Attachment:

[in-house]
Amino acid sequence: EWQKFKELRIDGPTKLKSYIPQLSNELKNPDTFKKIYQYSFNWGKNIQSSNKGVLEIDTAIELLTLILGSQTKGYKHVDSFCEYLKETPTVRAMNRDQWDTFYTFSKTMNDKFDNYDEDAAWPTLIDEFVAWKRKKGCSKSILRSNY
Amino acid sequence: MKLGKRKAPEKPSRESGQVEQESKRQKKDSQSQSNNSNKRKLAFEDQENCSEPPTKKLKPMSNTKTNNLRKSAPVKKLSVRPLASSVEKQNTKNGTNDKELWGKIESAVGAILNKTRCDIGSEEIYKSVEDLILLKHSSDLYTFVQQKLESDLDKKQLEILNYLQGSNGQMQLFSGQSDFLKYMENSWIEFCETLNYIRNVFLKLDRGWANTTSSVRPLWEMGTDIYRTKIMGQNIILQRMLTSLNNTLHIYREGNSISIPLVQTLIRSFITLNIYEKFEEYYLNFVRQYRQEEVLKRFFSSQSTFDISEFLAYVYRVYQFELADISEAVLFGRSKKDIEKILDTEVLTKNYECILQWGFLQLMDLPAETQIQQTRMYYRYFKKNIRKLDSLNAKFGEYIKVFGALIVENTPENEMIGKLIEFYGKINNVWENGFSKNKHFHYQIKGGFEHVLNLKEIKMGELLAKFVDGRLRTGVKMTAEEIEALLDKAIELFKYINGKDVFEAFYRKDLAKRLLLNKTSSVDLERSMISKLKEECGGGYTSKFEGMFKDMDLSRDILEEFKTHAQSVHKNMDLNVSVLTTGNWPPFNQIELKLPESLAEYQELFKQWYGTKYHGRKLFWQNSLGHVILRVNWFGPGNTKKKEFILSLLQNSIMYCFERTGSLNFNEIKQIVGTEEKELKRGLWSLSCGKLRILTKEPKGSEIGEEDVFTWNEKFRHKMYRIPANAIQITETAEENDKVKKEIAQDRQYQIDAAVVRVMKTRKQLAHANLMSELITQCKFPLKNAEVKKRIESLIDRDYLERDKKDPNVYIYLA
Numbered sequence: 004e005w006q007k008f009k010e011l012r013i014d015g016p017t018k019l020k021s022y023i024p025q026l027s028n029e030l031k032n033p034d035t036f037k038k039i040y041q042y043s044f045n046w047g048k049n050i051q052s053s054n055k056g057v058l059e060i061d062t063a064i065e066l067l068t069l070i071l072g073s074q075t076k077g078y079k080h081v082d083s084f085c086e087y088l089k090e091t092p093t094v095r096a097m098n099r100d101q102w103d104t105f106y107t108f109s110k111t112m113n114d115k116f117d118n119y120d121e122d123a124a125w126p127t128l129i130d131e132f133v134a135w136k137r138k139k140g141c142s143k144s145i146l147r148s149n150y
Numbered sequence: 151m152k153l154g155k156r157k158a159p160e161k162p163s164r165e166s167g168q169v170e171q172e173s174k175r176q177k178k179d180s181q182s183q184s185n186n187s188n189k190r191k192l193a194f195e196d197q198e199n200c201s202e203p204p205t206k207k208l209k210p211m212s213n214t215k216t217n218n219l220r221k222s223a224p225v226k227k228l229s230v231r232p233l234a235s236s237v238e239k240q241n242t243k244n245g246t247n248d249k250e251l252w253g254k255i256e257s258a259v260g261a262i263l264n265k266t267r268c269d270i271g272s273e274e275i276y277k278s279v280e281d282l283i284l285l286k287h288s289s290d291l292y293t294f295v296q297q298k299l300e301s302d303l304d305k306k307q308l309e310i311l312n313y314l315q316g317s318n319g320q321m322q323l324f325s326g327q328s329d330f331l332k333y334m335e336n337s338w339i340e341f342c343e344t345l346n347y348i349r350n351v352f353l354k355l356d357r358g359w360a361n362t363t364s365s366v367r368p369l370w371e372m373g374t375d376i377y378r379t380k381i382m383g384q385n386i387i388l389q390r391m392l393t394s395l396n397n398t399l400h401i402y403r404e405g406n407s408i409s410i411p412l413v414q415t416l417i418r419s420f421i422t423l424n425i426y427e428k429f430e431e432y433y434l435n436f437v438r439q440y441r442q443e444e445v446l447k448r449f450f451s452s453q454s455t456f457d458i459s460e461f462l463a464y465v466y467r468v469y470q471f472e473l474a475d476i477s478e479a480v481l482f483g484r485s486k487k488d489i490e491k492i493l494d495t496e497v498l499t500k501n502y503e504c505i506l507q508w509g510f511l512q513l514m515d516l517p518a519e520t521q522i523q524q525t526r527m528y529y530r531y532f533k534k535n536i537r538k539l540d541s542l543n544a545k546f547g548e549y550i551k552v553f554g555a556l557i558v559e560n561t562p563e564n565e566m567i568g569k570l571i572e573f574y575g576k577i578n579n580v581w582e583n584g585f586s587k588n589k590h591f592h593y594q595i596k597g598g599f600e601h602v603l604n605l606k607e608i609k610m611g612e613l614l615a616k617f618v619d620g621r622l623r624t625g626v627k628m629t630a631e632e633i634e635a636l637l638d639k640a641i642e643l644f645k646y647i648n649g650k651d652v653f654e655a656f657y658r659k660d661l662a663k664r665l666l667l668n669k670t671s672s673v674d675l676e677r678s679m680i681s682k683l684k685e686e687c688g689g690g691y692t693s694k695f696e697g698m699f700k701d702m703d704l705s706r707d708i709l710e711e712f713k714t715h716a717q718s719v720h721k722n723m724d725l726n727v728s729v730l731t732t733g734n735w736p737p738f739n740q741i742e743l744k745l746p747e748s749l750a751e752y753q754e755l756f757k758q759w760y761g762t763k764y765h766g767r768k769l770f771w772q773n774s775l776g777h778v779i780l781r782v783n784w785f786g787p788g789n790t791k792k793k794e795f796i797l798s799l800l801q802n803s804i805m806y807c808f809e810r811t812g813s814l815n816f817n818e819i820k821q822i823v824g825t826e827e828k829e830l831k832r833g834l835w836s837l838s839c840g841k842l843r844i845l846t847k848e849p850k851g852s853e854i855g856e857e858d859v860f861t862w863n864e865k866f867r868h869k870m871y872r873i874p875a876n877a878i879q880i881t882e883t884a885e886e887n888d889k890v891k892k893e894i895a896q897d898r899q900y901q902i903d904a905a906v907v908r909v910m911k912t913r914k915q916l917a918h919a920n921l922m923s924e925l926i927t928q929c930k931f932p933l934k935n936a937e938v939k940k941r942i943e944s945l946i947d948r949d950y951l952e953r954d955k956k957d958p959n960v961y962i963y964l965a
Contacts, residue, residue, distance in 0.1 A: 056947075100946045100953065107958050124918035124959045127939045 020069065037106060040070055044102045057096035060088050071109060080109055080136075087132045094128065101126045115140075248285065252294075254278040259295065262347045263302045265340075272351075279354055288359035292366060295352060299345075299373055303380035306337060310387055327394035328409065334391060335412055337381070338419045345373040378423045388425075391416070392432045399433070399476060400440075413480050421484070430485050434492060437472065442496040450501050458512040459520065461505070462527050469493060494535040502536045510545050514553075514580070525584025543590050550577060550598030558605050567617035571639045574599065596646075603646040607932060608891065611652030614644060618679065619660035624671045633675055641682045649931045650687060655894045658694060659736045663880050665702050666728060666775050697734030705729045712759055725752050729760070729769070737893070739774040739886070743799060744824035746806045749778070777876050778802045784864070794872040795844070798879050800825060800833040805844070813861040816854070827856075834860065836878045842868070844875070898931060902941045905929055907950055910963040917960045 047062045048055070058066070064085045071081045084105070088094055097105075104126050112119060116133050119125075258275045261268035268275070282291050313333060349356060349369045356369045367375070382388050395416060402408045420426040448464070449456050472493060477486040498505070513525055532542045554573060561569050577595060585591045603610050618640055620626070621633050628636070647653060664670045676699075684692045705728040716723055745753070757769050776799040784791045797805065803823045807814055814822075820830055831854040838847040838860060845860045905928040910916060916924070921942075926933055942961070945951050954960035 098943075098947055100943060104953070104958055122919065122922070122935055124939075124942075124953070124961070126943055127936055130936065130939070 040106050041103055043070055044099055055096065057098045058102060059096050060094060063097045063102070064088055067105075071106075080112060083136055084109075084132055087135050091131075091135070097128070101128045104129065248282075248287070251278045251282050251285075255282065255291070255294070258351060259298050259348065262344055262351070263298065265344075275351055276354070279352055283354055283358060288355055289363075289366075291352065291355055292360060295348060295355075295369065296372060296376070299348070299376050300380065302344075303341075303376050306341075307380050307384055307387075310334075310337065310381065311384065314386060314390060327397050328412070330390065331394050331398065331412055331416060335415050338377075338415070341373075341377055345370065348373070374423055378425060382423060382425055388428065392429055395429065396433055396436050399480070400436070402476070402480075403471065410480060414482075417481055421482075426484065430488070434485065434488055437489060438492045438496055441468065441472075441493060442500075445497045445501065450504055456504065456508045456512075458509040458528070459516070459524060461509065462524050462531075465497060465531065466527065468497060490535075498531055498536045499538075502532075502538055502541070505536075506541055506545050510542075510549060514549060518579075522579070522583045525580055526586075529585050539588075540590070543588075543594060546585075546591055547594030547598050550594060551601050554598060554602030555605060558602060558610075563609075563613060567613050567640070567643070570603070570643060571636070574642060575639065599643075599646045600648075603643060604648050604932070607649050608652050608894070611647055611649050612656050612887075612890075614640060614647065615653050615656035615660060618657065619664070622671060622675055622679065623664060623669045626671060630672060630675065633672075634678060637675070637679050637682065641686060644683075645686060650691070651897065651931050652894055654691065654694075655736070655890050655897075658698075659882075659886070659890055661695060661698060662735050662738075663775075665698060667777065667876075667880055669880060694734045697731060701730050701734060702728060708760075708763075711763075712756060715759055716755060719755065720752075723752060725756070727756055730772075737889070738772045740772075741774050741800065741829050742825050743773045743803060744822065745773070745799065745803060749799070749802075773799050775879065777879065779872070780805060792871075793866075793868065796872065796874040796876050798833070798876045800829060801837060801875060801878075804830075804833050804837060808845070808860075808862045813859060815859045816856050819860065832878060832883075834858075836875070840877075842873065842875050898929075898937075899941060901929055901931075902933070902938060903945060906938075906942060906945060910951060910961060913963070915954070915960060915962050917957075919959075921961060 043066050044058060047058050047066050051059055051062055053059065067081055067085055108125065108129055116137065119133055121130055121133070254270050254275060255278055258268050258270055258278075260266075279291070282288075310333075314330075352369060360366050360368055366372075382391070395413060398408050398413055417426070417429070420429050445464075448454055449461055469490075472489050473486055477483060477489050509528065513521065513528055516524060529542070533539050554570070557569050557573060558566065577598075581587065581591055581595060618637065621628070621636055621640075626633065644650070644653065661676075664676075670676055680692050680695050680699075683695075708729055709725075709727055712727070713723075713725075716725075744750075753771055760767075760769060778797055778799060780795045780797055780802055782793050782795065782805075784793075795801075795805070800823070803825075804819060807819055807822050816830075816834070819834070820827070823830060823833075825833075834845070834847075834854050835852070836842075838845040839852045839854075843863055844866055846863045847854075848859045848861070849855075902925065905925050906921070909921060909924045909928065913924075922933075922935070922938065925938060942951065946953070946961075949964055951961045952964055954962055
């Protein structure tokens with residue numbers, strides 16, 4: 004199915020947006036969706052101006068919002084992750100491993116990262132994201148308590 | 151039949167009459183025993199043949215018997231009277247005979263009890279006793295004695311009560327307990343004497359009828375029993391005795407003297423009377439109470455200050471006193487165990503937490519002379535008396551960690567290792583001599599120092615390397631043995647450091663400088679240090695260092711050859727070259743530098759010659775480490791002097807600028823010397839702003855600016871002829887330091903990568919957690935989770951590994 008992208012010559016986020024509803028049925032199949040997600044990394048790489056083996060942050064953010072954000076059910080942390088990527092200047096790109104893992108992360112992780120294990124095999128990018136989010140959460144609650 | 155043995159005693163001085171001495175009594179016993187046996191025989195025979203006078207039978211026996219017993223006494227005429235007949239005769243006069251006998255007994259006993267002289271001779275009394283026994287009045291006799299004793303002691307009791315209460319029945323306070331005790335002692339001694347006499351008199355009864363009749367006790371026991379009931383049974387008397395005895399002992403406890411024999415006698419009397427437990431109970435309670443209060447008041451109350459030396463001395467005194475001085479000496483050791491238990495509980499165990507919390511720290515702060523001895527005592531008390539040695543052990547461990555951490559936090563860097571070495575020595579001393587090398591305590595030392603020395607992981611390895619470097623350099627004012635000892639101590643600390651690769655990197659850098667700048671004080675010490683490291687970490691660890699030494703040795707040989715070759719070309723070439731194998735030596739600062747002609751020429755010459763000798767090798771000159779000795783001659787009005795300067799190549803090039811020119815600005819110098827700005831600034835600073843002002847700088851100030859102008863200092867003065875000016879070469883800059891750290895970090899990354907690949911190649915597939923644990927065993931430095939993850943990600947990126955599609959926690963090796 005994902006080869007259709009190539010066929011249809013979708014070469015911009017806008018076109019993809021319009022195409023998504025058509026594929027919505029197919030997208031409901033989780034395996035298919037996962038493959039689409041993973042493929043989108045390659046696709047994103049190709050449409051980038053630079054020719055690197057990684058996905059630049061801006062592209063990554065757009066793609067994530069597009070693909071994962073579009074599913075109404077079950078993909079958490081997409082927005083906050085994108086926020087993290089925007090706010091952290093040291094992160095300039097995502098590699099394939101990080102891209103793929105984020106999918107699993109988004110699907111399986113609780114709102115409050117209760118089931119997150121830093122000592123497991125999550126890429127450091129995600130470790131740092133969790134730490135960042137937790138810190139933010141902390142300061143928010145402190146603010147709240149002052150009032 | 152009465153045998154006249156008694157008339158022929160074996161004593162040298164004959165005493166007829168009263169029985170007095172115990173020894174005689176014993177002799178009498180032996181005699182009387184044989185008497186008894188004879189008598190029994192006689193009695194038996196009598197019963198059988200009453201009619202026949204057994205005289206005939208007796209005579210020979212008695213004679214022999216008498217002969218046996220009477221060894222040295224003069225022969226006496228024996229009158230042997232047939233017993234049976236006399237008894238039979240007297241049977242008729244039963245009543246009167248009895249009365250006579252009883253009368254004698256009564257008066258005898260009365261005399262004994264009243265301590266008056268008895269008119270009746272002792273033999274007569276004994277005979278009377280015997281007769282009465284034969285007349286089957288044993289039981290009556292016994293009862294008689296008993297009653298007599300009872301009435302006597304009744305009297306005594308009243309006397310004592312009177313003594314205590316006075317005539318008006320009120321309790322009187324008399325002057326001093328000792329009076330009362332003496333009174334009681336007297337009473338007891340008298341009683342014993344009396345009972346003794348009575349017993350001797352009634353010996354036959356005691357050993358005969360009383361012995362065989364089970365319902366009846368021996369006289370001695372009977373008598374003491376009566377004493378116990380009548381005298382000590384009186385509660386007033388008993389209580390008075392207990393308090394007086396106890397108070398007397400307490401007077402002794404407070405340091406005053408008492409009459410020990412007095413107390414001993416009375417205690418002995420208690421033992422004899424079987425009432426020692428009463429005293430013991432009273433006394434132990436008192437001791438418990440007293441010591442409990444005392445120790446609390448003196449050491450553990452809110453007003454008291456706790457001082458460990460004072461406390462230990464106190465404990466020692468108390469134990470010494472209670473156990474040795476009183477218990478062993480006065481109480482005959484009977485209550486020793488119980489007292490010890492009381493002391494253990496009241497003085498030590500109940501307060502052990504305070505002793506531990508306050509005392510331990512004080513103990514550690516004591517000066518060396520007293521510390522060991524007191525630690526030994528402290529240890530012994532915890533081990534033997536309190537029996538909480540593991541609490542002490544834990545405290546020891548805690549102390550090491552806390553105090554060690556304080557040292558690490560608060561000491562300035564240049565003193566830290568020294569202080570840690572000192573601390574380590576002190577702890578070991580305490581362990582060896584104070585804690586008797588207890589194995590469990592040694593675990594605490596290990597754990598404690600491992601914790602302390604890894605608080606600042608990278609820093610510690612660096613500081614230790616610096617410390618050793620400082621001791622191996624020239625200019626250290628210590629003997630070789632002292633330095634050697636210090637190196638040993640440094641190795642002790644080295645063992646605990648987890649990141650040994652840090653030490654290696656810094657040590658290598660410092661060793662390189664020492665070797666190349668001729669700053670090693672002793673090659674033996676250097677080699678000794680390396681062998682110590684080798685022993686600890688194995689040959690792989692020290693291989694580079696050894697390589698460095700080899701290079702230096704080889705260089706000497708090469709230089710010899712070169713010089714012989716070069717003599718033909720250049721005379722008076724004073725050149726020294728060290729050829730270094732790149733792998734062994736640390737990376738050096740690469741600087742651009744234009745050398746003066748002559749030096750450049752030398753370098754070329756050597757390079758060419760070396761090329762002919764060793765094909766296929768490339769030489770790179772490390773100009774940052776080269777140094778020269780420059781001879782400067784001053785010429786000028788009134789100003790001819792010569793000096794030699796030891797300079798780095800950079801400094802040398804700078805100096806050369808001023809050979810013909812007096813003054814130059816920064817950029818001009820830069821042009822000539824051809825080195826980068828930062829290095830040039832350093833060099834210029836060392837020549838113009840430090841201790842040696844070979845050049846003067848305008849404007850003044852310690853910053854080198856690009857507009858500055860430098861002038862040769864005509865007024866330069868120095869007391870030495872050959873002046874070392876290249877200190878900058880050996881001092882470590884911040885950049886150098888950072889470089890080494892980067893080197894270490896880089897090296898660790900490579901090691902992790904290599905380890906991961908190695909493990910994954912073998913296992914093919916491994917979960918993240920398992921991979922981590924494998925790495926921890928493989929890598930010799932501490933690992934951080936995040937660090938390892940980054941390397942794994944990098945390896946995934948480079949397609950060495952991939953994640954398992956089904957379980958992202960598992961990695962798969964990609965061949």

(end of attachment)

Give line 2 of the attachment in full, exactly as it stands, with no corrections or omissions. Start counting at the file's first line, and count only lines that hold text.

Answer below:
Amino acid sequence: EWQKFKELRIDGPTKLKSYIPQLSNELKNPDTFKKIYQYSFNWGKNIQSSNKGVLEIDTAIELLTLILGSQTKGYKHVDSFCEYLKETPTVRAMNRDQWDTFYTFSKTMNDKFDNYDEDAAWPTLIDEFVAWKRKKGCSKSILRSNY